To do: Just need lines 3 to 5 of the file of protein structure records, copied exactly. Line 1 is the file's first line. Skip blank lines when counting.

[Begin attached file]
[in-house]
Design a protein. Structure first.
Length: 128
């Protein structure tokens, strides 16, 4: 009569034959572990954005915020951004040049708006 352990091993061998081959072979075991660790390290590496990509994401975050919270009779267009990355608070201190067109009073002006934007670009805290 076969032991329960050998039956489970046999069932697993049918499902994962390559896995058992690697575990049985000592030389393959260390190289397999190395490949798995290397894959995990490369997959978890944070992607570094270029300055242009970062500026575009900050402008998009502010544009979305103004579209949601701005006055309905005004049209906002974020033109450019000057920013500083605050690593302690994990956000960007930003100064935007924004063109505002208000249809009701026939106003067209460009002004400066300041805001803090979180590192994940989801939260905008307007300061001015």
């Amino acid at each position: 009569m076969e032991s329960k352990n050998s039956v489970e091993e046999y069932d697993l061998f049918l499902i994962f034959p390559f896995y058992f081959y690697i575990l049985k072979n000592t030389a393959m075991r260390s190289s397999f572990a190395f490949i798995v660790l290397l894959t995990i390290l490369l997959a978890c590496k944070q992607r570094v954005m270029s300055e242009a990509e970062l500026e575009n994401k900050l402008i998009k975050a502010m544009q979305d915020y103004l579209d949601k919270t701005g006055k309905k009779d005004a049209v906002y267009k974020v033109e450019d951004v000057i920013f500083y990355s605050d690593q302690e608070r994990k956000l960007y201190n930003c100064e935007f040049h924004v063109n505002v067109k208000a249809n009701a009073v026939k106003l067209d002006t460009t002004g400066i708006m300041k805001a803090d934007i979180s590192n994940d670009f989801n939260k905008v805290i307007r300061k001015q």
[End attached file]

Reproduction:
Length: 128
């Protein structure tokens, strides 16, 4: 009569034959572990954005915020951004040049708006 352990091993061998081959072979075991660790390290590496990509994401975050919270009779267009990355608070201190067109009073002006934007670009805290 076969032991329960050998039956489970046999069932697993049918499902994962390559896995058992690697575990049985000592030389393959260390190289397999190395490949798995290397894959995990490369997959978890944070992607570094270029300055242009970062500026575009900050402008998009502010544009979305103004579209949601701005006055309905005004049209906002974020033109450019000057920013500083605050690593302690994990956000960007930003100064935007924004063109505002208000249809009701026939106003067209460009002004400066300041805001803090979180590192994940989801939260905008307007300061001015």
């Amino acid at each position: 009569m076969e032991s329960k352990n050998s039956v489970e091993e046999y069932d697993l061998f049918l499902i994962f034959p390559f896995y058992f081959y690697i575990l049985k072979n000592t030389a393959m075991r260390s190289s397999f572990a190395f490949i798995v660790l290397l894959t995990i390290l490369l997959a978890c590496k944070q992607r570094v954005m270029s300055e242009a990509e970062l500026e575009n994401k900050l402008i998009k975050a502010m544009q979305d915020y103004l579209d949601k919270t701005g006055k309905k009779d005004a049209v906002y267009k974020v033109e450019d951004v000057i920013f500083y990355s605050d690593q302690e608070r994990k956000l960007y201190n930003c100064e935007f040049h924004v063109n505002v067109k208000a249809n009701a009073v026939k106003l067209d002006t460009t002004g400066i708006m300041k805001a803090d934007i979180s590192n994940d670009f989801n939260k905008v805290i307007r300061k001015q």